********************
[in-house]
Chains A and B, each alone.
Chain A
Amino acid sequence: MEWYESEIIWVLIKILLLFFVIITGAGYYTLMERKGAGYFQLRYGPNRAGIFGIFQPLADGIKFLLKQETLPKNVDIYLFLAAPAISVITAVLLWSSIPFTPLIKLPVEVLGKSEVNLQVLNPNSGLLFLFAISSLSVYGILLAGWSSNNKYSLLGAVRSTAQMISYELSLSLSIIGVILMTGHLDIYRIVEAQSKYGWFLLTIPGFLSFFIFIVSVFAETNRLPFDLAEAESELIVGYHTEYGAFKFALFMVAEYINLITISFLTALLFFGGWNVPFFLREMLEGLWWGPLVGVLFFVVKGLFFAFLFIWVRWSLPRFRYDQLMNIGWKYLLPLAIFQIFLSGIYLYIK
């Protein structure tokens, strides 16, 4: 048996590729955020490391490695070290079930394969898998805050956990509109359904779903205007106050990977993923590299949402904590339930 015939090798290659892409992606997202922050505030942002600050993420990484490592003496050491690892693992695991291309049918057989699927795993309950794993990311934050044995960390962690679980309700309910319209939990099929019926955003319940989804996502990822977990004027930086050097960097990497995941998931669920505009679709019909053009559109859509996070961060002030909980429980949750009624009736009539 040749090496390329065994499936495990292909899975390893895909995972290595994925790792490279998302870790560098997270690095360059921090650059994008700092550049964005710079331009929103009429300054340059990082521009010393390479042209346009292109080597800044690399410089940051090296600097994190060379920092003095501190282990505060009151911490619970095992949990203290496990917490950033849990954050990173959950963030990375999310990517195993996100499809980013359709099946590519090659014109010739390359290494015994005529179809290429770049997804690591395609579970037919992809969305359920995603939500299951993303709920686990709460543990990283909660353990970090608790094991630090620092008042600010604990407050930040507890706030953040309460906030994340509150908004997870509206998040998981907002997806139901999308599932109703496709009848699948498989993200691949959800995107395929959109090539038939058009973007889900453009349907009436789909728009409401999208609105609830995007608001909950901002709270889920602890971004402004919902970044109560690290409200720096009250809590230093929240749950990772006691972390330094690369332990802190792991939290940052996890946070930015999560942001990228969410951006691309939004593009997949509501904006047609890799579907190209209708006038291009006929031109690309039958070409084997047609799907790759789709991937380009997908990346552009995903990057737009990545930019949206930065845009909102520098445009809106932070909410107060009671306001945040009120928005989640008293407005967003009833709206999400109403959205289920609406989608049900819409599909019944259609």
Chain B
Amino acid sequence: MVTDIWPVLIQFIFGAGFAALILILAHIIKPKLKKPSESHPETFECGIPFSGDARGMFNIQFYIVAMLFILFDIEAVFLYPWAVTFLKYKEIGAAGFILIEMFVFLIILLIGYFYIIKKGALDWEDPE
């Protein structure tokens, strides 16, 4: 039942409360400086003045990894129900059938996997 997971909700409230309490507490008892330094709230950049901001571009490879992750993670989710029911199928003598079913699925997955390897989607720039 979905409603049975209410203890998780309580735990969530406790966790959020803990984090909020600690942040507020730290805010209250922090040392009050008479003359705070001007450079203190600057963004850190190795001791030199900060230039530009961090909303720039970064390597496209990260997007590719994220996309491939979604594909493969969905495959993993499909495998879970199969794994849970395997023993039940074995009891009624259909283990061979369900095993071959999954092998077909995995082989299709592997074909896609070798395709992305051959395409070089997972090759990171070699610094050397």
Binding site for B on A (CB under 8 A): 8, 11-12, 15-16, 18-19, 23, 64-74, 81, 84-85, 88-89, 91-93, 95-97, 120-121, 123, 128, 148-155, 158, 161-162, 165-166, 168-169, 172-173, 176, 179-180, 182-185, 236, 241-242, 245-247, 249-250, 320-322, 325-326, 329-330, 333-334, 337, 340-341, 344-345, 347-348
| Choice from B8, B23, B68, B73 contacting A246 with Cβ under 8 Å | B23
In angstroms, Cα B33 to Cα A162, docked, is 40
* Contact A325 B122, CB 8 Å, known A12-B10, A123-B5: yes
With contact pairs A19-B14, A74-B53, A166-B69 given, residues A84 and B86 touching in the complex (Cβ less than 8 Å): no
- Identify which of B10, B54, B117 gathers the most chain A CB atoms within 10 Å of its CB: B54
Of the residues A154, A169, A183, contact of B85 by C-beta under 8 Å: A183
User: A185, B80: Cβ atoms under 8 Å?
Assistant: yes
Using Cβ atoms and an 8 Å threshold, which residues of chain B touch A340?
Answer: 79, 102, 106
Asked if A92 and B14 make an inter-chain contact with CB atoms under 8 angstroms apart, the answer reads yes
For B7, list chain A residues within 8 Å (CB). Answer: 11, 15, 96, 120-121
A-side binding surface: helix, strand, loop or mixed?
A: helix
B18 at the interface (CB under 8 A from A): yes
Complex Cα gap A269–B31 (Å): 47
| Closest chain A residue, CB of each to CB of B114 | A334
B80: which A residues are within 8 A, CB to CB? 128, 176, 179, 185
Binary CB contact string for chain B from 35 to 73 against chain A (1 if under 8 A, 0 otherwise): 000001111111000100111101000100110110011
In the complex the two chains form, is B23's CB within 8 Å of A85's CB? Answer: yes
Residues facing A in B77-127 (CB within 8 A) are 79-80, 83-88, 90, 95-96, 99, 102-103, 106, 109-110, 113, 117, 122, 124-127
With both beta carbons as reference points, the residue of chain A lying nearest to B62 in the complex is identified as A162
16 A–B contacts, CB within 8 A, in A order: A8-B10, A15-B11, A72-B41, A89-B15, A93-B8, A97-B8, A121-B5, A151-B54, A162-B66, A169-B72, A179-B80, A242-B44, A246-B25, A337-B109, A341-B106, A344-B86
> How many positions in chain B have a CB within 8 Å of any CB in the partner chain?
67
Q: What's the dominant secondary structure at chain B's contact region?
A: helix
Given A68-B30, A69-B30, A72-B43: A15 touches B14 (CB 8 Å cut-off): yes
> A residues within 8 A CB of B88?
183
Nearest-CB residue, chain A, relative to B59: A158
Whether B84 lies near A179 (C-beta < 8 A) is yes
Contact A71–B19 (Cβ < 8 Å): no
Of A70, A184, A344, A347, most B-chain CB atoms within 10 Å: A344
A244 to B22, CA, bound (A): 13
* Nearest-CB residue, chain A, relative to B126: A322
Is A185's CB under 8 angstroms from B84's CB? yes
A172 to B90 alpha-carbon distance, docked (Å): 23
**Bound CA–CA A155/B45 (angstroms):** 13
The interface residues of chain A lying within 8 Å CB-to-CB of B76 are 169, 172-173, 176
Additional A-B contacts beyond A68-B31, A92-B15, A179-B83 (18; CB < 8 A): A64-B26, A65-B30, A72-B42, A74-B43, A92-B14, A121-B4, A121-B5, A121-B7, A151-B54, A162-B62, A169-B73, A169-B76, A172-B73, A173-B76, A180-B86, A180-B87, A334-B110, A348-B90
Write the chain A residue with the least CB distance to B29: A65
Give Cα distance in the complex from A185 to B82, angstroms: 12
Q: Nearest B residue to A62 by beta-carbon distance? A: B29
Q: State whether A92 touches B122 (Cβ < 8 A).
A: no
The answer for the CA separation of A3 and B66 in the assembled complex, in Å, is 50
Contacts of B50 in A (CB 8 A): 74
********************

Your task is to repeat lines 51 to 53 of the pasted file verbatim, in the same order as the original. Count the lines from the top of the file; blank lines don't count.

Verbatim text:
Write the chain A residue with the least CB distance to B29: A65
Give Cα distance in the complex from A185 to B82, angstroms: 12
Q: Nearest B residue to A62 by beta-carbon distance? A: B29